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■■■••'r"T"\HE people living on the avenue
->. ;- : ' I- In the vicinity don't like it. Hos
:.'■ •' I p.itals for human patients are not
■:-.;.X. Vcinsidered to be desirable ad
': ;; . - : •■'"• jvm-cts to- a neighborhood, and a
: :^.hosp;itca'for dogs and cats is. in theestl
:^»at4oii.of adjacent residents and prop-
even worse. Of the four dog
• ;hbspj't.ais now supported. by the tender
•'•■• heart e<i : citizens of San Francisco not
; ofte : is i situated where the neighbors
: • - think that it ought to be. but the own
•■■• : : era :of.. valuable exhibition and sporting
• : dogs "mil- -suffering household pets, are
■ :only too glad to find, them wherever
>• they may be located, and the gentlemen
.r In charge of the various institutions for
■'■■ th!e care of sick or injured animals of
.the smaller kind have one and all a
•;;.• look- of • cheerful prosperity which it is
:■'.- good to see. A
•'.••• happened to be my ill fortune the
; other day to be one of the witnesses of
4 • a painful accident, the only remedy for
: which in former days would have been
•: -a- policeman's bullet. A handsome fox
terrier, the property of Mr. Morgan
■*. ißtetn-of the Baldwin, was unfortunate
-■• enough to get under the wheels of a
:■•: passing buggy, with the result that the
: -wheWs passed on and left the poor
, : creature writhing in the street with
both. his Torelegs broken.
.-. ■' :;The dog is valuable in. himself and is
.'"..■ jrn'qre ■valuable in that he is a family
./: pet,.. therefore instead' of being simply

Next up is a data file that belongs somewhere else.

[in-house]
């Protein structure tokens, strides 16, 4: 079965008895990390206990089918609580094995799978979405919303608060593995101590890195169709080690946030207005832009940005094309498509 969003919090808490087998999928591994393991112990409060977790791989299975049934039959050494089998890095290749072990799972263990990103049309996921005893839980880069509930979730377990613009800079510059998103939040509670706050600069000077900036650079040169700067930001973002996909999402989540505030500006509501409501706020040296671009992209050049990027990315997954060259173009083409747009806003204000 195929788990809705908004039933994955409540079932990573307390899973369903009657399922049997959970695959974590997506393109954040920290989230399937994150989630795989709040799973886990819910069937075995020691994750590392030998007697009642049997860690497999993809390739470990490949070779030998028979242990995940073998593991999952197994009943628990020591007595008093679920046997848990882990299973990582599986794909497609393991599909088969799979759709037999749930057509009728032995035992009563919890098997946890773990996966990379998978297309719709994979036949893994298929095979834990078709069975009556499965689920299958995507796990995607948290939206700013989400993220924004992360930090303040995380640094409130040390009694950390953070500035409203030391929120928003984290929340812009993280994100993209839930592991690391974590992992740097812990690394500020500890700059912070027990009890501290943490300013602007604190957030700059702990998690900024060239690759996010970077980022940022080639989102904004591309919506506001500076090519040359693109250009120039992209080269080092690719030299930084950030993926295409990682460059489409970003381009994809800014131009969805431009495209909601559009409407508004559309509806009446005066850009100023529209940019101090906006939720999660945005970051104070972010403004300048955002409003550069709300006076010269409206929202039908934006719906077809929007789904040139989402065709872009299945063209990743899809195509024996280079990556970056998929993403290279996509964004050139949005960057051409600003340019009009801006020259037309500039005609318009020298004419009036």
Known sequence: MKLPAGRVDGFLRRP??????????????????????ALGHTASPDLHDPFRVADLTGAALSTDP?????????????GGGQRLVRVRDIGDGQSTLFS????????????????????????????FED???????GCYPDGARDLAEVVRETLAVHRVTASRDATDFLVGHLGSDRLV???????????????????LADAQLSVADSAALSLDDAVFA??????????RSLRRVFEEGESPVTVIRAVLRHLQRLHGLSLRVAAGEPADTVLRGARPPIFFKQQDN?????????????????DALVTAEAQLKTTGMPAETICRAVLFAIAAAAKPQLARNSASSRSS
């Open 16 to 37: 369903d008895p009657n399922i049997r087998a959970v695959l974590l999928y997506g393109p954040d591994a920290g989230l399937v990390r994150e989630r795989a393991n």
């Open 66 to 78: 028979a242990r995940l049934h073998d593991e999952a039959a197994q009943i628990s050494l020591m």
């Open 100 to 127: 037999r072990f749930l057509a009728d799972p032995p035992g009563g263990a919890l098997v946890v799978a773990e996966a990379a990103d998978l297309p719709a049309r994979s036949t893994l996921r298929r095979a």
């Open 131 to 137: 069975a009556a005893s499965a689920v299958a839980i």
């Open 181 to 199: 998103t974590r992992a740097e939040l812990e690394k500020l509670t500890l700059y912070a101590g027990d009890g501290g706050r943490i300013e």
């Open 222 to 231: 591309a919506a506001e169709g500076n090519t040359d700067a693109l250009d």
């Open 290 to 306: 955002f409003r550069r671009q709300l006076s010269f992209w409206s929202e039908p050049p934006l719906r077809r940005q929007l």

l"i .'"put out of his misery" he was careful-
y ly bundled up and taken post haste to
i^tire^ nearest hosDital for his kind. Josh
JDayds : kind-heartedly constituted him
• ; - ! self-- ambulance driver for the occasion
■.••a-h^l: I, .followed along to see how such
:• - ; . : •6'a-.» i r'Renc-y cases are treated.
V. . ■tViiitdoc had grit. With both of his
;< - ■•'•frpjJKljaws dangling helplessly and his
:.-. jß?«ff bloodshot with the torturing pain,
:■ ■' yiii.c Ji- -made him snap ineffectually at
'; ::evor.y oiie else who came near him. he
• ■sUl'mHited to the doctor's necessary ex
.■'•' aiivin:itf.o;i without even a whimper. He
■-.'s^iitied in some way to understand at
; .oooe.ihat the quiet-voiced young man,
:,- w.\t^ 'the sure, firm, skillful touch, was
•iUrj'ing to help him, and gave up to
■•Vhfrn 1 Completely. ,
... :V: V leva's tempted to put my fingers in
'•• : Tny- \eitrs and look the other way when
: - : : -.it'.hame to the agonizing operation of
■;;•' '■■EWt'ing the bones; but there was really
" '^o' occasion for such a manifestation of
.1 nervousness, for, save for an involun
•'. -.tar^-. shiver which ran over the brave
•■ '• little- body and a faint groaning growl,
'. "% "<li6"patlent made no outward sign of
/"••.auTfeiipg.. Then came the bandaging of
? i'. the' : lnjured limbs with splints and cloth
: ' ; '. : ahd- plaster of Paris, and through all
; - : :'.*]hii's : he dog sat back and watched the
BUILDING FREIGHTERS IN SIX WEEKS TO HANDLE THE ALASKAN GOLD RUSH